Jul 21, 2015

Science Fictioned

I received a free copy as a contest promotion

by Lee Falin, PhD

What do goblins, zombie viruses, inept magicians, and alien-invasion survivors have in common? They all make wonderful story elements for teaching about real science.

Science Fictioned takes ideas from cutting-edge, scientific research papers and turns them into science fiction and fantasy stories.

Learning science has never been this fun.

Author's Note
I was reading over the details of yet another extremely dull paper one day, trying to keep my colleagues from noticing the drool on my chin, when I realized that there was a better way -- what if every research paper was accompanied by a thrilling story?

I knew at once that this idea was nothing short of pure genius. Scientists would get their research out there, the public would have a better understanding of cutting-edge research, and scientific journals would sell like hotcakes. Everybody wins.

And thus, Science Fictioned was born: an entertaining collection of science fiction and fantasy short stories based on ideas from cutting-edge, peer-reviewed, scientific research articles.

Mice, Bacteria, and Golins
The Science--
Bacteria are a lot smarter than most people give them credit for. Granted, they do spend most of their short lifespans moving around aimlessly in search of good things to eat, responding to chemical signals from other members of their species, and occasionally ganging up on weaker creatures they encounter. Humans are obviously way more advanced than that.

It's common to think of bacteria as those nasty little buggers that make us sick when we accidentally forget to wash our hands before eating. However, many strains of bacteria floating around in the world don't make you sick at all. In fact, some of them can be quite beneficial to humans.

Bacteria that cause illness an disease are called "pathogenic" [path-OH-jinn-ick] bacteria...and they detect if there are enough of them around to survive (an) attack.

The Fiction--
Grog smiled to himself as he glanced up at the crescent moon. It was the perfect night for a hunt. There was just enough moonlight for a goblin to see by. They'd definitely have the advantage over the human scum this night. A light breeze rustled the corn stalks that surrounded him on all sides.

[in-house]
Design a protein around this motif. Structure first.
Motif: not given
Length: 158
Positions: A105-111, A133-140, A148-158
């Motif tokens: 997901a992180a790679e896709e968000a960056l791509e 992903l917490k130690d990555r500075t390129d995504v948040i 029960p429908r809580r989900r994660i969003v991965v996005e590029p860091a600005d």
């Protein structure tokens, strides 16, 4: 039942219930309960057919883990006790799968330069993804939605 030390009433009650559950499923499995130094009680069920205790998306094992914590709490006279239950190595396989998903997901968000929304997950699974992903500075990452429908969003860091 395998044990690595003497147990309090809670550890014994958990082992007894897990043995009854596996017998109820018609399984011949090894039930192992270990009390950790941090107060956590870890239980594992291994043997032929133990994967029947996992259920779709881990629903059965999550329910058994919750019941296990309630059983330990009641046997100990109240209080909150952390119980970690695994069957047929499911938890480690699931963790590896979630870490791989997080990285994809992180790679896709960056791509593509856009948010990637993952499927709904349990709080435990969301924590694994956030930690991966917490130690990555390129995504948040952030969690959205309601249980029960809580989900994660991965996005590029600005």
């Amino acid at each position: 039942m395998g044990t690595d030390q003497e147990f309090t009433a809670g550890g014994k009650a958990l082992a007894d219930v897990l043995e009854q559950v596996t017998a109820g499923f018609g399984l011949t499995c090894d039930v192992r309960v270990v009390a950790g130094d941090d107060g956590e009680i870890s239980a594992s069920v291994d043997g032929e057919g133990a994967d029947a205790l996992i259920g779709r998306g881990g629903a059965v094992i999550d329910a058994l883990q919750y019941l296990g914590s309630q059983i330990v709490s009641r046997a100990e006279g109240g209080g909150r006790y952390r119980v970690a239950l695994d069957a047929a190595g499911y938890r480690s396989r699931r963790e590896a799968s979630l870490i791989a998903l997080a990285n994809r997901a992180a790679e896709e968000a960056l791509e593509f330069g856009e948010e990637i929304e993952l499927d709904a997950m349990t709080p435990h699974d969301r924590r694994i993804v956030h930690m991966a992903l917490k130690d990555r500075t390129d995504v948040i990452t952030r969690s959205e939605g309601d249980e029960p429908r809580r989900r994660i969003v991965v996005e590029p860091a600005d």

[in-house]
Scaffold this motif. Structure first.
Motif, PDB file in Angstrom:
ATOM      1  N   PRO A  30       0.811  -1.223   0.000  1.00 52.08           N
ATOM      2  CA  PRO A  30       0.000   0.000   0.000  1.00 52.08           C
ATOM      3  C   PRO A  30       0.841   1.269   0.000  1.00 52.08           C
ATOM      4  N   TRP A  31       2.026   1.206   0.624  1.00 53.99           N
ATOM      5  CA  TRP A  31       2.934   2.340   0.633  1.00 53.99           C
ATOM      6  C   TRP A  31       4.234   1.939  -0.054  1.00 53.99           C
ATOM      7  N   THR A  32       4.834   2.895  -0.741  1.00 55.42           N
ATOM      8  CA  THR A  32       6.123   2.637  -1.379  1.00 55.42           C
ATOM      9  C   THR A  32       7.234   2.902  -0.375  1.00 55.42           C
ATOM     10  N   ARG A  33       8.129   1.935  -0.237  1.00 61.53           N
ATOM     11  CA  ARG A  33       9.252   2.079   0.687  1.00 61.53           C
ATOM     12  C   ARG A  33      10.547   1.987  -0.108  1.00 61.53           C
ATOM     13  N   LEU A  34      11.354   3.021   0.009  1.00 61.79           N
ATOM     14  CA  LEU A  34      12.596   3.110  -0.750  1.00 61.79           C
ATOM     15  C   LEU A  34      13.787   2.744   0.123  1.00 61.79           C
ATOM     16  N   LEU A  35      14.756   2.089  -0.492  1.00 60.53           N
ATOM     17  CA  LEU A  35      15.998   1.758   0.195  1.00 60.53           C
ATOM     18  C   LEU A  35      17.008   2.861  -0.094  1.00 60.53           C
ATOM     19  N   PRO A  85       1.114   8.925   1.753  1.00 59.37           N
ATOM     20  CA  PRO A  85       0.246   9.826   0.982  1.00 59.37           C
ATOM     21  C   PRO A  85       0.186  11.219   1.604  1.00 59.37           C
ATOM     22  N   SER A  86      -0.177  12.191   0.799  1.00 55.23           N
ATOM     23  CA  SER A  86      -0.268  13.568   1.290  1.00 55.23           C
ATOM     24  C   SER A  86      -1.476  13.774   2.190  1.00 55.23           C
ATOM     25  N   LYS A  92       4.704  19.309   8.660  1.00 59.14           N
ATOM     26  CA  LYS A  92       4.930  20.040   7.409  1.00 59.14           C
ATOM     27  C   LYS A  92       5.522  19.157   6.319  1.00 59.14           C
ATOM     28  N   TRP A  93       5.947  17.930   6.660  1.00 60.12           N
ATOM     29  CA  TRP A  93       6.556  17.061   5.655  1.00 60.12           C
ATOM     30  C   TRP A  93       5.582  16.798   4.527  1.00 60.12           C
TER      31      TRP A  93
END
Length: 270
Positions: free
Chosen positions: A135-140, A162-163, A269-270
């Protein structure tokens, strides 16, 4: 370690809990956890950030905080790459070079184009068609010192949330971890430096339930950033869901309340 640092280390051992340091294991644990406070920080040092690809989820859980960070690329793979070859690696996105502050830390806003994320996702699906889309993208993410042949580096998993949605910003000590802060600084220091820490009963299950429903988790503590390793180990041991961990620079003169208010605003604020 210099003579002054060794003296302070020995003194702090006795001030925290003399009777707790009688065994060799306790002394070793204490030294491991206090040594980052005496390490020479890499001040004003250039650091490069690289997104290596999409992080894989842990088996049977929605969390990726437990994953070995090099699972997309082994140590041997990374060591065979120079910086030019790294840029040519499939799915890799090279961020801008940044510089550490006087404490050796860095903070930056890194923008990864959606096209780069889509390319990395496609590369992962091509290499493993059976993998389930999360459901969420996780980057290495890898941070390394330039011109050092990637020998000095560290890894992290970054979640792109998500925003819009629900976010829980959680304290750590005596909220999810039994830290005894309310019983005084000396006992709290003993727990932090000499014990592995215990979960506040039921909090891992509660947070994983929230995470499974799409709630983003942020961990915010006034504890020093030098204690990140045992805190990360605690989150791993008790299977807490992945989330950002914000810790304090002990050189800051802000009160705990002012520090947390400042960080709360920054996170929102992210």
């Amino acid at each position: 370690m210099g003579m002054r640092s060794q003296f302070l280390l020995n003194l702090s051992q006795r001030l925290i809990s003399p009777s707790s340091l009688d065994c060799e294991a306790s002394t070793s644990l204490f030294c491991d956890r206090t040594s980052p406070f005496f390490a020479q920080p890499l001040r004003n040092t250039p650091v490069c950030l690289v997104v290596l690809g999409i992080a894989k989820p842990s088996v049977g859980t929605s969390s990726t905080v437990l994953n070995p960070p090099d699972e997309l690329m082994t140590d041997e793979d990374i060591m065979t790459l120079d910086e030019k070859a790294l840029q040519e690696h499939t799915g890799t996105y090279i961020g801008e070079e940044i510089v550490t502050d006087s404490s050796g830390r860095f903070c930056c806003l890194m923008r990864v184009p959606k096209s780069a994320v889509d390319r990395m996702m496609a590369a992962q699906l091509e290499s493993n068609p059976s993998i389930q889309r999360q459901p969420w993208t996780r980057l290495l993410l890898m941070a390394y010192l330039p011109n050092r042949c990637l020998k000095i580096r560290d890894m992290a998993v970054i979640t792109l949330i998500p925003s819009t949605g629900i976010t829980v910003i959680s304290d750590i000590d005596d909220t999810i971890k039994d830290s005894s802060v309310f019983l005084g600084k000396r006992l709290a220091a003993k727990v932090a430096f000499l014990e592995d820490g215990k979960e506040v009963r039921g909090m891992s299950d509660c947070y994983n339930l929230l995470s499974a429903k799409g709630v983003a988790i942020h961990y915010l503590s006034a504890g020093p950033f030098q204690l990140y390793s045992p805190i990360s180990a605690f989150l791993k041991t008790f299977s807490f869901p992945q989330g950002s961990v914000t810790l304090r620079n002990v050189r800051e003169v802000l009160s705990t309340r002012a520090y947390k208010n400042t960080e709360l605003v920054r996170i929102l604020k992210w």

He couldn't see the farmhouse from here, not with so many stalks of corn, but he knew it wasn't far. If all went well, by this time tomorrow he and his clan would be dining on fresh-- a loud snap behind caused Grog to spin around.

He was just in time to see Smurg scramble to his feet, looking embarrassed.

"Quiet!" Grog hissed, glancing in the direction of the farmhouse. It was unlikely anyone had heard them at this distance, but you couldn't be too careful. Some humans were clever.

"It's not may fault," Smurg muttered as he squeezed noisily through two stalks of corn to join Grog. "It's dark and this ground is uneven."

Grog rolled his eyes. "Dark," he muttered. "What kind of goblin hunter can't see in the dark? That's what I want to know." Not for the first time, Grog wondered which of the seven cursed spirits was responsible for giving him the clumsiest goblin in the clan for a brother...

...Now be quiet so we don't miss the signal.

My Review
I received this book as part of The Summer Reading Trek 2015 from NewLDSFiction.com.

I had multiple books to choose from, yet this one captured my attention--I was intrigued with the idea of using fiction to explain science--I also noted a bit of humor from the author--

I was not disappointed! In fact I LOVED this book!

There are two parts to each section: The Science and then The Fiction

First you get a fun, fact-based run-down on the scientific explanation--so well written that even a child can understand and so entertaining that it sticks with you.

Then you get an intriguingly entertaining fiction story that further examples that specific scientific effect in action in everyday life.

Science has never been so entertaining :)

I am highly impressed with this concept and hope that the author continues the series!

About the Author
Lee first fell in love with science while watching old Star Trek episodes with his mother. After eventually completing a PhD in genetics, bioinformatics, and computational biology, he discovered that real science wasn't at all like Star Trek. One day he realized that he enjoyed the fiction part of science fiction quite a bit more than the science part.

His favorite books include any good science fiction or fantasy story he wouldn't be embarrassed to let his grandmother read, and anything written by Jane Austen. Lee's claims to fame include having served as the host for the Everyday Einstein podcast, making it to the final round of the Wheel of Fortune Teen Week tryouts, being a beekeeper, and winning the heart of the most amazing woman in the world.

Lee met his amazing wife while serving as a missionary in Brazil. They have five awesome children, and their family loves to travel around listening to great audio books. Lee's current goal is to one day learn how to load the dishwasher with competence. You can find out more about Lee on his website: http://LeeFalin.com


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